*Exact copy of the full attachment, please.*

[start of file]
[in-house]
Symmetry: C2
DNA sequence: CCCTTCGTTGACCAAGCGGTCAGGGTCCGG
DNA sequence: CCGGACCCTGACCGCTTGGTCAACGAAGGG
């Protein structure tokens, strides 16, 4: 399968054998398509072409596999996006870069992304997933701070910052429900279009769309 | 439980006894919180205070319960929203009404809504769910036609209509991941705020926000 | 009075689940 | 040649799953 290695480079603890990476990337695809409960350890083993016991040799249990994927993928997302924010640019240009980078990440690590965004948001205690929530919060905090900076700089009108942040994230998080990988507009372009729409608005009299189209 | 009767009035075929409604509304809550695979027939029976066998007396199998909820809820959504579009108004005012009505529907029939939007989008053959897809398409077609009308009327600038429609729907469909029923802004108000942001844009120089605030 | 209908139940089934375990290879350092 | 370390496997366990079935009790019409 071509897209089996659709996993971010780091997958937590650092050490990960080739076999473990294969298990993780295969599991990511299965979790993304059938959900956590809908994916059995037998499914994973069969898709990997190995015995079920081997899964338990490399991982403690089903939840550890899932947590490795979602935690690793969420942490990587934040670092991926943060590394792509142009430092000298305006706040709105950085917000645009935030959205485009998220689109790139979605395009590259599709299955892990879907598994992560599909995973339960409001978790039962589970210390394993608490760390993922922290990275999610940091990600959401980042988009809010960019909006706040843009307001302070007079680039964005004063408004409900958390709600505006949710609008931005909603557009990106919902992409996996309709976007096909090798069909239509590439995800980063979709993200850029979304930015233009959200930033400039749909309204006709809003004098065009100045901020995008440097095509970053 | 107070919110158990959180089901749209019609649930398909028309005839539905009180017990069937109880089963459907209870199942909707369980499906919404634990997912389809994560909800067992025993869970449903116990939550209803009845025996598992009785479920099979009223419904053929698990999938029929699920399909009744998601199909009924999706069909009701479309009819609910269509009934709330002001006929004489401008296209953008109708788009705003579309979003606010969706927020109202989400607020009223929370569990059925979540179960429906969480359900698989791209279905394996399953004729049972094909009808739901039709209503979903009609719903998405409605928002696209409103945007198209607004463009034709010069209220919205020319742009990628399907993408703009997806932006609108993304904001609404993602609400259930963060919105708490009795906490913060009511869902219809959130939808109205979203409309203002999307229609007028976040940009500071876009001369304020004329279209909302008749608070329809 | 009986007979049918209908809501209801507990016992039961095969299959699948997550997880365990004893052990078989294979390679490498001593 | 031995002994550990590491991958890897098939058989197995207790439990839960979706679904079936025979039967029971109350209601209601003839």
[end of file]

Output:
[in-house]
Symmetry: C2
DNA sequence: CCCTTCGTTGACCAAGCGGTCAGGGTCCGG
DNA sequence: CCGGACCCTGACCGCTTGGTCAACGAAGGG
């Protein structure tokens, strides 16, 4: 399968054998398509072409596999996006870069992304997933701070910052429900279009769309 | 439980006894919180205070319960929203009404809504769910036609209509991941705020926000 | 009075689940 | 040649799953 290695480079603890990476990337695809409960350890083993016991040799249990994927993928997302924010640019240009980078990440690590965004948001205690929530919060905090900076700089009108942040994230998080990988507009372009729409608005009299189209 | 009767009035075929409604509304809550695979027939029976066998007396199998909820809820959504579009108004005012009505529907029939939007989008053959897809398409077609009308009327600038429609729907469909029923802004108000942001844009120089605030 | 209908139940089934375990290879350092 | 370390496997366990079935009790019409 071509897209089996659709996993971010780091997958937590650092050490990960080739076999473990294969298990993780295969599991990511299965979790993304059938959900956590809908994916059995037998499914994973069969898709990997190995015995079920081997899964338990490399991982403690089903939840550890899932947590490795979602935690690793969420942490990587934040670092991926943060590394792509142009430092000298305006706040709105950085917000645009935030959205485009998220689109790139979605395009590259599709299955892990879907598994992560599909995973339960409001978790039962589970210390394993608490760390993922922290990275999610940091990600959401980042988009809010960019909006706040843009307001302070007079680039964005004063408004409900958390709600505006949710609008931005909603557009990106919902992409996996309709976007096909090798069909239509590439995800980063979709993200850029979304930015233009959200930033400039749909309204006709809003004098065009100045901020995008440097095509970053 | 107070919110158990959180089901749209019609649930398909028309005839539905009180017990069937109880089963459907209870199942909707369980499906919404634990997912389809994560909800067992025993869970449903116990939550209803009845025996598992009785479920099979009223419904053929698990999938029929699920399909009744998601199909009924999706069909009701479309009819609910269509009934709330002001006929004489401008296209953008109708788009705003579309979003606010969706927020109202989400607020009223929370569990059925979540179960429906969480359900698989791209279905394996399953004729049972094909009808739901039709209503979903009609719903998405409605928002696209409103945007198209607004463009034709010069209220919205020319742009990628399907993408703009997806932006609108993304904001609404993602609400259930963060919105708490009795906490913060009511869902219809959130939808109205979203409309203002999307229609007028976040940009500071876009001369304020004329279209909302008749608070329809 | 009986007979049918209908809501209801507990016992039961095969299959699948997550997880365990004893052990078989294979390679490498001593 | 031995002994550990590491991958890897098939058989197995207790439990839960979706679904079936025979039967029971109350209601209601003839």